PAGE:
Grain Traders Have a Problem: Too Much Grain


The world's largest grain traders are struggling to boost profits from record-breaking harvests, rattling investors who see more big crops ahead.

Bunge Ltd., one of the biggest traders and processors of soybeans and corn, cut its profit projection for the year on Wednesday. Executives blamed a standoff between farmers reluctant to sell crops at low prices, and food processors with little incentive to purchase commodities in advance while prices are expected to stay low.

"The system has been frozen," Bunge Chief Executive Soren Schroder said in an interview.

The White Plains, N.Y., company's profit warning on Wednesday came after rival Archer Daniels Midland Co. on Tuesday flagged challenges ahead for its own grain-trading business, after reporting weaker-than-expected profit from the unit.

Shares of both companies dropped on the announcements, with Bunge's stock sliding 9.5% in Wednesday morning trading. ADM shares settled 9% lower Tuesday.

Bumper crops from Iowa to Brazil and Eastern Europe had seemed like a boon to companies like Bunge, ADM, Cargill Inc. and Louis Dreyfus Commodities, which dominate the business of buying crops from farmers and grain cooperatives, and marketing them to food companies. The companies profit by purchasing crops in areas of plenty and shipping them to places where grain is short, or turning commodities into more profitable products.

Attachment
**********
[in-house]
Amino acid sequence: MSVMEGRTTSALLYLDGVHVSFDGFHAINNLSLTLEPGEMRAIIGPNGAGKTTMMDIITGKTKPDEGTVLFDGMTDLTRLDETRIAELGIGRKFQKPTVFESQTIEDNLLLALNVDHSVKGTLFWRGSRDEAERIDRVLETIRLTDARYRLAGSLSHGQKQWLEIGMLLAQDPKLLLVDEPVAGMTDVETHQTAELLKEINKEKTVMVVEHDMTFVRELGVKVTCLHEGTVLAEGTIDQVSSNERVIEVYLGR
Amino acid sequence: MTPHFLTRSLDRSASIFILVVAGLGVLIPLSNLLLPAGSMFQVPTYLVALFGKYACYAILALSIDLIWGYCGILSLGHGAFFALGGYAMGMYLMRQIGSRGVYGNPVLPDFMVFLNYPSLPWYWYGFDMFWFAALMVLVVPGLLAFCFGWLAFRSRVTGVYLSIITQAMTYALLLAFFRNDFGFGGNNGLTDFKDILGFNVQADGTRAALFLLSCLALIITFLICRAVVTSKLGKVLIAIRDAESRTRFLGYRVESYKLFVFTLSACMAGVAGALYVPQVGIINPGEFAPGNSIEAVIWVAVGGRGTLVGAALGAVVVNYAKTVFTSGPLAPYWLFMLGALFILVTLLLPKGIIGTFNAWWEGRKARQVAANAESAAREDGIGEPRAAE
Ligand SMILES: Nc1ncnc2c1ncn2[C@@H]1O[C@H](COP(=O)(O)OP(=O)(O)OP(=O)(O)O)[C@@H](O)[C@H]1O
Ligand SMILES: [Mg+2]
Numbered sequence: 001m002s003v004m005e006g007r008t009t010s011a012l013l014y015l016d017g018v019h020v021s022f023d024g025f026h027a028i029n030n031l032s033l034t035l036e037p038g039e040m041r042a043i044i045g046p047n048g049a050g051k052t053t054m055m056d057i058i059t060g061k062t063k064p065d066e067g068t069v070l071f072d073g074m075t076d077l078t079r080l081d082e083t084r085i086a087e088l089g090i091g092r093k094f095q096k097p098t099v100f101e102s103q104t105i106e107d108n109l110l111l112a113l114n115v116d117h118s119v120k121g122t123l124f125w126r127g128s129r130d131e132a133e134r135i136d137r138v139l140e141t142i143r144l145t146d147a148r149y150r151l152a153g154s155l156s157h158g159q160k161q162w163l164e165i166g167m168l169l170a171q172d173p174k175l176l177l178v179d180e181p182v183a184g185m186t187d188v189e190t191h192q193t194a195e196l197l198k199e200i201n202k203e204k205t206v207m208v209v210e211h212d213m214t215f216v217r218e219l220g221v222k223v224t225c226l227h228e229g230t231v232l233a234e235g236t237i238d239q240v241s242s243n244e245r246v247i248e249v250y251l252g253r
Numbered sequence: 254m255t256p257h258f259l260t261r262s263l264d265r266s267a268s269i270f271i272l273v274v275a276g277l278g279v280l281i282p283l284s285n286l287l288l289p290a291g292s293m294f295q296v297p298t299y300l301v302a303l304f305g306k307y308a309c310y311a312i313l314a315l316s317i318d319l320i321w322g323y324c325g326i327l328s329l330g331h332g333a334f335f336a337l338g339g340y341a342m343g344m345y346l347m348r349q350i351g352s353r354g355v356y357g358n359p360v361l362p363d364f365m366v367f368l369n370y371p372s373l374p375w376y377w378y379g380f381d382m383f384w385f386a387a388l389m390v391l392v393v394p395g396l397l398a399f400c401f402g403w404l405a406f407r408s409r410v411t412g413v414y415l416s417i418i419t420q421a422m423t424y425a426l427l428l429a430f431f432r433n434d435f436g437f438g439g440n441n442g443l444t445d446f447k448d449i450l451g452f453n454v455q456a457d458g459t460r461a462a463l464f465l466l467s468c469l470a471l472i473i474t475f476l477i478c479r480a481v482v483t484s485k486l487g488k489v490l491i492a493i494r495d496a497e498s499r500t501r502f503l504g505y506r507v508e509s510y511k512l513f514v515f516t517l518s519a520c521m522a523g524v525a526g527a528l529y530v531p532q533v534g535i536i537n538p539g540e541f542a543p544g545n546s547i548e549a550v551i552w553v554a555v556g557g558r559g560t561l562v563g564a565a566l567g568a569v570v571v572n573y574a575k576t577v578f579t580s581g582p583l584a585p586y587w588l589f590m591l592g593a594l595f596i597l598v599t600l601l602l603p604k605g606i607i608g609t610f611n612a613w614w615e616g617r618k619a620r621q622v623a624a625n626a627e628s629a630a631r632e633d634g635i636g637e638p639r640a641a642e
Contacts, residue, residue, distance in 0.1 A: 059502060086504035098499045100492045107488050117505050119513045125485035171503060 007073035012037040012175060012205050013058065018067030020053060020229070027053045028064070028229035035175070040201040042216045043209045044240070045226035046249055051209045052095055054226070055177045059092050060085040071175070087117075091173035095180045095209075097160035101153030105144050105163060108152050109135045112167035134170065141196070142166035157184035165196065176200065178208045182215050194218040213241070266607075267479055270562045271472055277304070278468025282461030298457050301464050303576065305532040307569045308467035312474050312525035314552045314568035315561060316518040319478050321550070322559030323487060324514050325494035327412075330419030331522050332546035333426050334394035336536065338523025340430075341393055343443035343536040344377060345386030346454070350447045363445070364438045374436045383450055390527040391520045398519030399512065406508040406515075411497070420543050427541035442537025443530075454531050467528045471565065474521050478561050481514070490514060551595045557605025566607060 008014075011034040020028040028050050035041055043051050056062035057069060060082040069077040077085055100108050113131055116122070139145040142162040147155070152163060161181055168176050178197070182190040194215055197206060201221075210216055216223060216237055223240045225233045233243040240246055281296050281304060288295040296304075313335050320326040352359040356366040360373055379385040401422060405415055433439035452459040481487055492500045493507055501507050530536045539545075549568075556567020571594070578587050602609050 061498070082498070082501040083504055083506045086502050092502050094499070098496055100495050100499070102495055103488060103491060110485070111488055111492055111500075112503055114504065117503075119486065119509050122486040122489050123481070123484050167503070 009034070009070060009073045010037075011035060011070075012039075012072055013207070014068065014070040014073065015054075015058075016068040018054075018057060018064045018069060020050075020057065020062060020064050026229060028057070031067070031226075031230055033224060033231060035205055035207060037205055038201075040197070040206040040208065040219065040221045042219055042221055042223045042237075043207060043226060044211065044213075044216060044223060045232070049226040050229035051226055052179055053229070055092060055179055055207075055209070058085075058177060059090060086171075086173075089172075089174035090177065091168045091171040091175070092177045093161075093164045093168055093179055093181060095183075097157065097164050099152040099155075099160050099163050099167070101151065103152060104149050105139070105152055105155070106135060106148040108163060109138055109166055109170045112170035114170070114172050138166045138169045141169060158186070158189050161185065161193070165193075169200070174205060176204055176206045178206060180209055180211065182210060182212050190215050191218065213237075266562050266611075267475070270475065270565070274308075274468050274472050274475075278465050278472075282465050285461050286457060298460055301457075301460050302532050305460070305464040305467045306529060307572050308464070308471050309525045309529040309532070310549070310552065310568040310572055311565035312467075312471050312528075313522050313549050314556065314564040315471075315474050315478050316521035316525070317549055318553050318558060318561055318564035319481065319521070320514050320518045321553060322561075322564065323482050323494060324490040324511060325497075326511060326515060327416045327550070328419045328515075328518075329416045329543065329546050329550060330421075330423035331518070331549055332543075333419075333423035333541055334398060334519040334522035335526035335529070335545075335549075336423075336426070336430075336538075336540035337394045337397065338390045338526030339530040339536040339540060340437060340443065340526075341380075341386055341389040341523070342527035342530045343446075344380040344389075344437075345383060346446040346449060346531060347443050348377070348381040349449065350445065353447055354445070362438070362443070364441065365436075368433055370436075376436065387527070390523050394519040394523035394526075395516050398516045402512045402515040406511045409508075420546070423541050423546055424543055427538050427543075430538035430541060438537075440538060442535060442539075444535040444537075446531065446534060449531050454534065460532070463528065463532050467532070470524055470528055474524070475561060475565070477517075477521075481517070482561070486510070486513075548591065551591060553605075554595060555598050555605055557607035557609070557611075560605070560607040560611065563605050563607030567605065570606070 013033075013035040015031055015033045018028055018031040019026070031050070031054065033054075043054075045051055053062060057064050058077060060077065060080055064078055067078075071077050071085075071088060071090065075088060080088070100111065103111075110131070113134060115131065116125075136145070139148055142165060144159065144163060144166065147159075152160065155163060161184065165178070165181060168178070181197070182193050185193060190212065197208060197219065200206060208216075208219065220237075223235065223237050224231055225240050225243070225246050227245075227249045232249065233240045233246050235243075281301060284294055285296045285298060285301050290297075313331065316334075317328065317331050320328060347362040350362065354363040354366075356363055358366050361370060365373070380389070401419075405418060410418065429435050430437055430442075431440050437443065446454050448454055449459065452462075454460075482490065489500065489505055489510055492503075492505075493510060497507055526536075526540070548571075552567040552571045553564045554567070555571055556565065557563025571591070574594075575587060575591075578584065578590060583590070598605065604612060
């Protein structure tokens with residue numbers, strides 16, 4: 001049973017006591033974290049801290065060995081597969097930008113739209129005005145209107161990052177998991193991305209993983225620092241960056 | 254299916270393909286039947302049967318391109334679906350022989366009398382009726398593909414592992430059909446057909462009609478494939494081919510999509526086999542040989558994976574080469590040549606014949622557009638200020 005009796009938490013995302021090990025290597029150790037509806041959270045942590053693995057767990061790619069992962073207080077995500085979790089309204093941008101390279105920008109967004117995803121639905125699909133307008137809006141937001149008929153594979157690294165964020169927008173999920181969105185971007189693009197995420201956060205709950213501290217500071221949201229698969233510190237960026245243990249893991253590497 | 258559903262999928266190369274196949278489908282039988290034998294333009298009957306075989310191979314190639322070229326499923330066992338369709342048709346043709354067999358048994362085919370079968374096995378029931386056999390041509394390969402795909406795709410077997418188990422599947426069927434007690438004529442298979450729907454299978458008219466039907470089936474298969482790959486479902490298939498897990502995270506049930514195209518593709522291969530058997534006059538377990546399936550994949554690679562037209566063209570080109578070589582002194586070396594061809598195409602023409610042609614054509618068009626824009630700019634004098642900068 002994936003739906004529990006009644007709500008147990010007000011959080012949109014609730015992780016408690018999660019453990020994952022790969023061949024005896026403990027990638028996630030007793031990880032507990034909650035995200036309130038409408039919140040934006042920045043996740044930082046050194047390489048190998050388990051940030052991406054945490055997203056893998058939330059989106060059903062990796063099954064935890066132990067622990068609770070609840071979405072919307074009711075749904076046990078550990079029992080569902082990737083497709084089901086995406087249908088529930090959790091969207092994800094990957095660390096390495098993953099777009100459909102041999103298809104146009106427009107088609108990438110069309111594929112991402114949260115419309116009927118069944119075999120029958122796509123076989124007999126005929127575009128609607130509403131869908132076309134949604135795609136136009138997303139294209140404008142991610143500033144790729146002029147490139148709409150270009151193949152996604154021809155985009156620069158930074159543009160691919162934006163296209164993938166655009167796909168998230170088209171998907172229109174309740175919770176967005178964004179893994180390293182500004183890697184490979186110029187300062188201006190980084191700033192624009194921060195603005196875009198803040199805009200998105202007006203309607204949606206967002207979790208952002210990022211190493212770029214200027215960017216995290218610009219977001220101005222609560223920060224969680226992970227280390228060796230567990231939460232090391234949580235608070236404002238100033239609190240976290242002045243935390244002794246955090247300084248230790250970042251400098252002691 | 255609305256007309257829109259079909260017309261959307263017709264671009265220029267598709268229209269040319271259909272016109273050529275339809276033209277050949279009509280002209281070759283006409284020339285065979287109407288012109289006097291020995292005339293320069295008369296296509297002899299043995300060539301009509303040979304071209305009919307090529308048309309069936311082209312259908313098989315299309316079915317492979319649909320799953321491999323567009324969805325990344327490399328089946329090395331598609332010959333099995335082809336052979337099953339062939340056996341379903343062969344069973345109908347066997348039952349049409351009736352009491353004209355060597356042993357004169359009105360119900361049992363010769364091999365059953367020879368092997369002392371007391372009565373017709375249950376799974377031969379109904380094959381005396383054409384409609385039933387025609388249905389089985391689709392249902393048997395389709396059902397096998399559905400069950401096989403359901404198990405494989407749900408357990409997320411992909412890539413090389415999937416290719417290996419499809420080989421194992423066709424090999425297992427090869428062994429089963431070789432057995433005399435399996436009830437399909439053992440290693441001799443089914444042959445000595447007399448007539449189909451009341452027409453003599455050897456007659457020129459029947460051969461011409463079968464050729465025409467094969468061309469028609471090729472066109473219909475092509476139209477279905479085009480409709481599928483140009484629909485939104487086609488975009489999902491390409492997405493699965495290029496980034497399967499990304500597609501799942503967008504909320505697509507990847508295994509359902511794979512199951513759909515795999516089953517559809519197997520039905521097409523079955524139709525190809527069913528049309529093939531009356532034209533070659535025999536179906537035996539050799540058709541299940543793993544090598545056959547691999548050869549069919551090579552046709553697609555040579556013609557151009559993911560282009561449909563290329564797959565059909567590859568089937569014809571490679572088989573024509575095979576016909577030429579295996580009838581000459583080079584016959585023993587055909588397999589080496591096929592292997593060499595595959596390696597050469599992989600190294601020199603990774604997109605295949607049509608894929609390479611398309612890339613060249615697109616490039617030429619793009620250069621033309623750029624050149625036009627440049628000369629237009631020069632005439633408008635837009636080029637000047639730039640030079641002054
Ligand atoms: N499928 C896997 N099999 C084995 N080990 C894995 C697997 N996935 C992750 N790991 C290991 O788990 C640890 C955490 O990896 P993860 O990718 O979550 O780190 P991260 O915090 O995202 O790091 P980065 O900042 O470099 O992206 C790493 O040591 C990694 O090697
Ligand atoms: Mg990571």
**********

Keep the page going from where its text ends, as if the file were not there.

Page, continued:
Mr. Schroder said that time is on the grain merchants' side. Farmers in Brazil, for example, don't have enough storage space to house all of an expected record soybean and corn crop, he said. Bad weather during North America's growing season could spook food companies into buying.

But for now the standoff between farmers and processors is contributing to lower-than-expected quarterly profits at both Bunge and ADM. Cargill, which in March reported a 42% gain in quarterly profit, said income from grain trading and processing declined from the prior-year period partly due to slow farmer selling in South America.

Bunge now expects its grain-trading unit to earn $800 million to $925 million this year, down from $895 million to $1.05 billion projected in February. ADM executives also projected earnings from grain trading this year would be weaker than expected. They said that weakness could be offset by stronger profits from corn and soybean processing divisions.

ADM Chief Executive Juan Luciano said his company aims to reduce some costs in its international trading division. Mr. Schroder said Bunge is looking at ways to cut expenses across its back-office operations after closing about 20 North American grain facilities in recent years.

Mr. Schroder said the challenges suggest the industry should consolidate. "It can be at any scale," he said, pointing to partnerships the company struck in Canada, Argentina and Vietnam. "We're certainly open to look at anything that creates value for shareholders and makes us more efficient."


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